July 10, 2018

Weekly Market Commentary

July 9, 2018

The Markets

What a rollercoaster of a quarter!

When it comes to the American Association of Individual Investors (AAII) Sentiment Survey, respondents tend to be more bullish than bearish about U.S. stock markets. The survey’s historical averages are:

  • 38.5 percent bullish
  • 31.0 percent neutral
  • 30.5 percent bearish

As the second quarter of 2018 began, investors were feeling less optimistic than usual. (About 36.6 percent were bearish and 31.9 percent bullish.) Their outlook was informed by a variety of factors but the prime issue was the trade war tariff issue.

As the quarter progressed, investor optimism increased on signs of economic strength. In early June, CNBC reported the economy appeared to be “operating close to full employment, with an unemployment rate at 3.8 percent, inflation still hovering at or below 2 percent, and business and consumer confidence strong.”

Robust corporate earnings helped spur optimism, too. FactSet Insight wrote, “The S&P 500 reported earnings growth of 25 percent for the first quarter – the highest growth since Q3 2010.” In mid-June, the AAII survey showed 44.8 percent of respondents were feeling bullish, 21.7 percent were bearish, and 33.5 percent were neutral.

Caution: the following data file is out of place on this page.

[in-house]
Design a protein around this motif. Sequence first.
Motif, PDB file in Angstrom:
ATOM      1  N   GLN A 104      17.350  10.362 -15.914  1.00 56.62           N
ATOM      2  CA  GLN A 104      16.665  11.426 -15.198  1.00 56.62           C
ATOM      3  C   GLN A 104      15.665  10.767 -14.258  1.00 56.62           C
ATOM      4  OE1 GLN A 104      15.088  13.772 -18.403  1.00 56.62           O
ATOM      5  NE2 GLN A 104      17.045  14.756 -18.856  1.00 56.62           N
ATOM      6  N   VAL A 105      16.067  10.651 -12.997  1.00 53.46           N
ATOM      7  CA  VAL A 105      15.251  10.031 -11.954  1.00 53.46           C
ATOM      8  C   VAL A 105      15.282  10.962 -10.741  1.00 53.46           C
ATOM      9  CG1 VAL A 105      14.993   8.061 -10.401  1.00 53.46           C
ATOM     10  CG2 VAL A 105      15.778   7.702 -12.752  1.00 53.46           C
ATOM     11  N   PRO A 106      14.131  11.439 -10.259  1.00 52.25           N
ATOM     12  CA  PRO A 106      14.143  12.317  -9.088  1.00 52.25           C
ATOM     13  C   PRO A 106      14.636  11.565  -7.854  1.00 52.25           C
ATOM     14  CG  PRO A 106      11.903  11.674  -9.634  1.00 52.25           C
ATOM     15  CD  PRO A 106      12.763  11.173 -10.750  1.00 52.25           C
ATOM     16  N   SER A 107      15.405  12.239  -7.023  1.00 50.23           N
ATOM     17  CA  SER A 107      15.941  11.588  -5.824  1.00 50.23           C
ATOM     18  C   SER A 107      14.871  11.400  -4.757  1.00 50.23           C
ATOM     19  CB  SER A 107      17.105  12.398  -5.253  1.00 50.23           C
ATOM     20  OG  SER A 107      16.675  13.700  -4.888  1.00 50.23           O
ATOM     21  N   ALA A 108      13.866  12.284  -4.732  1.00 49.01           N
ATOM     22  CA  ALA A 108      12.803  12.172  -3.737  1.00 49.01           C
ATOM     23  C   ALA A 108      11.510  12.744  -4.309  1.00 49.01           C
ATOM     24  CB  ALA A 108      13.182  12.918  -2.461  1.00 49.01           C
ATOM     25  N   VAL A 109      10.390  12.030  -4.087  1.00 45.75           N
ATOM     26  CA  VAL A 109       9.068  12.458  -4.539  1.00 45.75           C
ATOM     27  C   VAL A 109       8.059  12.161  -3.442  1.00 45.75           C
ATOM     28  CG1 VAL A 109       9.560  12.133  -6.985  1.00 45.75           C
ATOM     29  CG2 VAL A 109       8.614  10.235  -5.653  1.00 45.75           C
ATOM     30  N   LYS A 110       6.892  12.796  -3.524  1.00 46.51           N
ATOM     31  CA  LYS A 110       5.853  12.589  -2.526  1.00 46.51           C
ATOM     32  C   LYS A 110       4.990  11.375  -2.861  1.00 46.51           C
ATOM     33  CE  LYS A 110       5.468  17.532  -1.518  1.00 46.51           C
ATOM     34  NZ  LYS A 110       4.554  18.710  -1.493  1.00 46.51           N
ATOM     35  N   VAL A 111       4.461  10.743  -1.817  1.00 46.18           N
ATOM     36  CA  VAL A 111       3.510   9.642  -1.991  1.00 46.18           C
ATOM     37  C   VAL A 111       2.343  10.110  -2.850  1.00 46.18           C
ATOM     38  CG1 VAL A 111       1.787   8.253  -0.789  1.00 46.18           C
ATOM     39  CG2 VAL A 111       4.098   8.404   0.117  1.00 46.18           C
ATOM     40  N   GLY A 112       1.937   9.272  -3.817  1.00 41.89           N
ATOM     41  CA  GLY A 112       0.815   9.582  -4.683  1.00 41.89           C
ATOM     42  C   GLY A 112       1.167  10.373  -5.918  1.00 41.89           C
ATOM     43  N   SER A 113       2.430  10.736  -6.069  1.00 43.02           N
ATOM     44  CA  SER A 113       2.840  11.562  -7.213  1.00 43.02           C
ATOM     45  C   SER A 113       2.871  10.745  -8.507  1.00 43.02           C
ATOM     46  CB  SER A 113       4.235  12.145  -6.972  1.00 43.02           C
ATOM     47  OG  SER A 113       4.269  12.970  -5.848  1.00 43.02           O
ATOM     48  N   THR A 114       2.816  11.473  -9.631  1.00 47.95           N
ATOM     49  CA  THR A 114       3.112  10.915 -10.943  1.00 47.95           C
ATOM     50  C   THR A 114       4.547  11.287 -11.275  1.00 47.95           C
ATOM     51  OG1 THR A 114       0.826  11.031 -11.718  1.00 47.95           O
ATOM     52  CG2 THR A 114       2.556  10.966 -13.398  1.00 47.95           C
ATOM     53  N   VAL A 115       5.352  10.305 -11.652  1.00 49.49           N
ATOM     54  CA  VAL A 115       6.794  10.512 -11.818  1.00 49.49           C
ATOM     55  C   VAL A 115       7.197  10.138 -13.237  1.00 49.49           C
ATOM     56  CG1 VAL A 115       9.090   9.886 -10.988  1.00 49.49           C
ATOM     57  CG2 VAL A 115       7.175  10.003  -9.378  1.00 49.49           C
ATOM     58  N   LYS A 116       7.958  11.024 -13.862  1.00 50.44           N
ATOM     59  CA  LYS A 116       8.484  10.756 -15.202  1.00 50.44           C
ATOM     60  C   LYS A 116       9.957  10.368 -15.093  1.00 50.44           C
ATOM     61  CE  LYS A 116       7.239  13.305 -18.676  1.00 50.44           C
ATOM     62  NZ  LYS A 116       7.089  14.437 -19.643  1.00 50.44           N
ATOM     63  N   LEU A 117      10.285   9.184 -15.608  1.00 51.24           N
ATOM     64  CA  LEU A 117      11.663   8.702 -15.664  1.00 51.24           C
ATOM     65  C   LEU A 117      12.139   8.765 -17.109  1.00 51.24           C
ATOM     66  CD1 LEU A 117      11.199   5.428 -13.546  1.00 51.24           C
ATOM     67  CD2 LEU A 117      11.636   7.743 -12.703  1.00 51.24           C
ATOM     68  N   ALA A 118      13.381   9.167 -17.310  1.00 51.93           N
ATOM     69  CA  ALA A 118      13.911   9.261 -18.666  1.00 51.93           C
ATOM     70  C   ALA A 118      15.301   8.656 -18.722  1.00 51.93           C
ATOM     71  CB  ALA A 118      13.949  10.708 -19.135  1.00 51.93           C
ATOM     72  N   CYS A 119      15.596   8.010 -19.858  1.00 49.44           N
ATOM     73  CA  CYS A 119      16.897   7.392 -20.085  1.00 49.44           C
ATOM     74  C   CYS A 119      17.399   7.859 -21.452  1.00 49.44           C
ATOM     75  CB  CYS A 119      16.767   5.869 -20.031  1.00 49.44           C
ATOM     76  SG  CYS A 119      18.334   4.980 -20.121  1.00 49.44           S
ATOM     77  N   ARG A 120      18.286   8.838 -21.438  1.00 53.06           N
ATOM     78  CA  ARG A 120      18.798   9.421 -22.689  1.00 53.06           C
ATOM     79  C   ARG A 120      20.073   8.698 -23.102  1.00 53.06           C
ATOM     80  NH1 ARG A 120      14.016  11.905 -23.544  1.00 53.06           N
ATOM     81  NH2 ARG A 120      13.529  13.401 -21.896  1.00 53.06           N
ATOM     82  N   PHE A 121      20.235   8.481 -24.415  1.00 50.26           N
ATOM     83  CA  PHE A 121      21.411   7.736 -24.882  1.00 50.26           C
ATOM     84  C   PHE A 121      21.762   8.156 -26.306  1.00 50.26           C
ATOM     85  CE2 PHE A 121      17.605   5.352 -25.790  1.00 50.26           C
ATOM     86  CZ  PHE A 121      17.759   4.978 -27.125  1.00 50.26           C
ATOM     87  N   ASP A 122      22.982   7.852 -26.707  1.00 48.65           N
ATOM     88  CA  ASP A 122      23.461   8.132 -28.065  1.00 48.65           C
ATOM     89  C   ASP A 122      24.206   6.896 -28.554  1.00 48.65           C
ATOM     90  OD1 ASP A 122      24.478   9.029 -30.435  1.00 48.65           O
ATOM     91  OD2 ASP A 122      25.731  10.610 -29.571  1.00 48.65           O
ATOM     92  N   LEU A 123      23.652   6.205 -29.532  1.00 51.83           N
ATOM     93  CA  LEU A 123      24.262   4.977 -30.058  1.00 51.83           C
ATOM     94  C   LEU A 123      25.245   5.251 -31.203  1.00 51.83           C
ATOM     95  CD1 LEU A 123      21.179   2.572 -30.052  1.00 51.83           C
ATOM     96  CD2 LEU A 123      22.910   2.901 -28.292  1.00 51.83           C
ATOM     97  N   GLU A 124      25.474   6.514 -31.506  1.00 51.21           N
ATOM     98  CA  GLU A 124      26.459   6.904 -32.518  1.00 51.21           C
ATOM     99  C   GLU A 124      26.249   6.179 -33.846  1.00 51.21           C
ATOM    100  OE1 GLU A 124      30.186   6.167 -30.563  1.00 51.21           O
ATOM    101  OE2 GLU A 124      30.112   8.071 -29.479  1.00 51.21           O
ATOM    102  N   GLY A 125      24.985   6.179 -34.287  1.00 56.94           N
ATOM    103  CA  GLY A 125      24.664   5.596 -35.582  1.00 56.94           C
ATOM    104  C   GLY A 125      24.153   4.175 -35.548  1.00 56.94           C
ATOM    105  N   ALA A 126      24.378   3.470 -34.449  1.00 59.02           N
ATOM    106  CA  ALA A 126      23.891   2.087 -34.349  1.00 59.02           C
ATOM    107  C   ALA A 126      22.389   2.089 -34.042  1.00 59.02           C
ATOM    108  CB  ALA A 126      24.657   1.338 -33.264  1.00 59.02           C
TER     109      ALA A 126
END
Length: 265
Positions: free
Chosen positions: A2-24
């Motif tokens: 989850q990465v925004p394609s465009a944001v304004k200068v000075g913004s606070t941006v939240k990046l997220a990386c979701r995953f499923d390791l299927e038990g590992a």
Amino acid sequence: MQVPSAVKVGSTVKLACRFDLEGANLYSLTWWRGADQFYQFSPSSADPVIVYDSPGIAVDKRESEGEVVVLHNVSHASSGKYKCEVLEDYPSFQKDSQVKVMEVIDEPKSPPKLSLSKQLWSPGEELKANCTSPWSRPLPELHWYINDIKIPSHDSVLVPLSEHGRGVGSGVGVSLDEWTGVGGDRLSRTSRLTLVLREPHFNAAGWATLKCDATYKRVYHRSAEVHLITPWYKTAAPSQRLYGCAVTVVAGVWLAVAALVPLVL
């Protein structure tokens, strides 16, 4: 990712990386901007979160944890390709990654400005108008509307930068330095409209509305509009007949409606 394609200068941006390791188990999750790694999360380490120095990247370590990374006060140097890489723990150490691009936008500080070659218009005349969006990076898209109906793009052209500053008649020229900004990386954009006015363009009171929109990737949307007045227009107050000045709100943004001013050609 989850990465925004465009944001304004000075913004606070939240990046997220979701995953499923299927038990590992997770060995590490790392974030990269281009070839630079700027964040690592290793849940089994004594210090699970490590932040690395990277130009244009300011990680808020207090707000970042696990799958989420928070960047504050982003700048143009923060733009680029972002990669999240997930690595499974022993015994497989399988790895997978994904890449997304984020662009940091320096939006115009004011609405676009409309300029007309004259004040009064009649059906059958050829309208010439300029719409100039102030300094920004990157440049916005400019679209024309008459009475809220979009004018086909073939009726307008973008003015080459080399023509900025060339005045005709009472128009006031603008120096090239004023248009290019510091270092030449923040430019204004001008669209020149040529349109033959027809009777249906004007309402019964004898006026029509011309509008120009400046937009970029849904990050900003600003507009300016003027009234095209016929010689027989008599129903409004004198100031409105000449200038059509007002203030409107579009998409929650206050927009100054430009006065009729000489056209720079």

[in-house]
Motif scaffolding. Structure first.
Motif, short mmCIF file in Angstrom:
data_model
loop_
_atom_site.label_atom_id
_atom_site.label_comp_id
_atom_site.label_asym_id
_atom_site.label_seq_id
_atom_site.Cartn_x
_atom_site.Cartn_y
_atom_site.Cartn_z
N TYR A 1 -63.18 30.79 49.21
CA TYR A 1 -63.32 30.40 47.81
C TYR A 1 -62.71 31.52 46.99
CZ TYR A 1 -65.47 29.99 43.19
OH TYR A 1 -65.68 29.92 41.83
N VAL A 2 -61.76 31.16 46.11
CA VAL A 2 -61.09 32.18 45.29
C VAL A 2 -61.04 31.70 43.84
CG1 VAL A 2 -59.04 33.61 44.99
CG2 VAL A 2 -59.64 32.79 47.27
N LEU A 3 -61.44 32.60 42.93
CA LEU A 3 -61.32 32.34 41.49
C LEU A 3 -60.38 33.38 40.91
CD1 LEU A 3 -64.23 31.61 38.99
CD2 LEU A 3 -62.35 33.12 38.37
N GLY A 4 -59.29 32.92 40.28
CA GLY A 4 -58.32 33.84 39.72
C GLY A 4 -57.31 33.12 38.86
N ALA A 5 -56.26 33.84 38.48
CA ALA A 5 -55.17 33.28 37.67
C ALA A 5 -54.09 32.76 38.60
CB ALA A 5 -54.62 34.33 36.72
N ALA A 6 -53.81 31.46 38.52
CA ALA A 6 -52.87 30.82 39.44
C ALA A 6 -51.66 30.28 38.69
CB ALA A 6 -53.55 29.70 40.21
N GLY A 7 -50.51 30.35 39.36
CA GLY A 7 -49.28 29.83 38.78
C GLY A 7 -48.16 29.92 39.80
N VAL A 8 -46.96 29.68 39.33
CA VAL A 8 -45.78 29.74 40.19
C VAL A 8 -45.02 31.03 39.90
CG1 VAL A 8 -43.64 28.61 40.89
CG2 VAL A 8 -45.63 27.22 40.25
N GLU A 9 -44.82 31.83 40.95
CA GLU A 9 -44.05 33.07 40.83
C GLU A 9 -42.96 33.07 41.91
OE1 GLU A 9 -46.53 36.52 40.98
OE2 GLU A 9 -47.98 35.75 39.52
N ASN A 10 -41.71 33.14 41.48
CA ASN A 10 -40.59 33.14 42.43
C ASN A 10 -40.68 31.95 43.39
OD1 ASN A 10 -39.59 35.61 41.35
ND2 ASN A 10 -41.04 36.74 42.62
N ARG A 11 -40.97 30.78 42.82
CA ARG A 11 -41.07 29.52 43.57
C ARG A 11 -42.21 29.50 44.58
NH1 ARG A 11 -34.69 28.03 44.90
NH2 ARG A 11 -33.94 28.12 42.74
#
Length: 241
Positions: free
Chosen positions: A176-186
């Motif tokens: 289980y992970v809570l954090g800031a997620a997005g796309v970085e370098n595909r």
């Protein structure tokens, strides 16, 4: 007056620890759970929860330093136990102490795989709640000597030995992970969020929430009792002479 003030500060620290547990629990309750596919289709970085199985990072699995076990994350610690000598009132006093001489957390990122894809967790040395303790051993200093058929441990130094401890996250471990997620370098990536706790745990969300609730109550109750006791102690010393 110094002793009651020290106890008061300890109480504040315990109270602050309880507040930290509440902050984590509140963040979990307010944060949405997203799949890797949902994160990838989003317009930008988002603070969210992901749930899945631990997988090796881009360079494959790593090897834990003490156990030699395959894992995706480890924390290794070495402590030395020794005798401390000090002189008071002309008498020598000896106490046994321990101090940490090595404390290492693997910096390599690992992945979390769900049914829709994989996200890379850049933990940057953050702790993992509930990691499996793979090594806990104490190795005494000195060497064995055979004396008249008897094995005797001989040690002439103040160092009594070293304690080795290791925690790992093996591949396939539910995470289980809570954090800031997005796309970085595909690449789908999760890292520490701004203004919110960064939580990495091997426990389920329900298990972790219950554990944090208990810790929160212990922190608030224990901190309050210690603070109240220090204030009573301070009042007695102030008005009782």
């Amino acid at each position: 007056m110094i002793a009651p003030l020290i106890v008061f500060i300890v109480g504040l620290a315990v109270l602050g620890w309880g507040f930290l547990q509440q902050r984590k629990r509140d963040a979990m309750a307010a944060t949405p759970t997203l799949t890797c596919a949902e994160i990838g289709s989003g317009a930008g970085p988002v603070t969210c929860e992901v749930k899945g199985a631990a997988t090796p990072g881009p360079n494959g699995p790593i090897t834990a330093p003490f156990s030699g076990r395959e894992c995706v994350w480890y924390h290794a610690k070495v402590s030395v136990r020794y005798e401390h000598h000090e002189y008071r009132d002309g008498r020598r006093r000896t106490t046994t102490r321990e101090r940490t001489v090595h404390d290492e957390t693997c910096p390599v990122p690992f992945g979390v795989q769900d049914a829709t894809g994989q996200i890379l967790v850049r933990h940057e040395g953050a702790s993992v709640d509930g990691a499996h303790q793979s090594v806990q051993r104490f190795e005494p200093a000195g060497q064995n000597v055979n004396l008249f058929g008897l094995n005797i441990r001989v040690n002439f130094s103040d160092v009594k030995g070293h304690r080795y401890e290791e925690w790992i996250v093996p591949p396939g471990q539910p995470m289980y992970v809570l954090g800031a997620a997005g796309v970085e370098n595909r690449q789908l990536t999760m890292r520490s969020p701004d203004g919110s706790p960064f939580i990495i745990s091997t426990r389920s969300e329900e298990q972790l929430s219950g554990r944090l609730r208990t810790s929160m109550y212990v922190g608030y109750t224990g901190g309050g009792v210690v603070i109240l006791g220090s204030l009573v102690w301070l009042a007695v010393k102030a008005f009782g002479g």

Despite a downturn in bullishness, major U.S. stock indices moved higher last week.

There’s a carbon dioxide (CO2) shortage. really, it’s true. Many people agree the world has too much CO2. It’s the reason representatives from countries around the world signed the Paris Climate Agreement. They committed to adopt green energy sources, cut down on climate change emissions, and limit the rise of global temperatures.

The effort has been less successful than many had hoped, according to the International Energy Association (IEA). After several years without increases, energy-related emission rose by 1.4 percent in 2017. That’s the rough equivalent of putting 170 million more cars on the road, reported Scientific American.

Emissions rose primarily in Asia, although the European Union (EU) saw increases, too. The biggest decline was in the United States. There’s a certain irony there, since President Trump announced he would withdraw from the agreement in June 2017.

 Focus On The Positive

“My garden is an honest place. Every tree and every vine are incapable of concealment, and tell after two or three months exactly what sort of treatment they have had. The sower may mistake and sow his peas crookedly; the peas make no mistake, but come up and show his line.”

–Ralph Waldo Emerson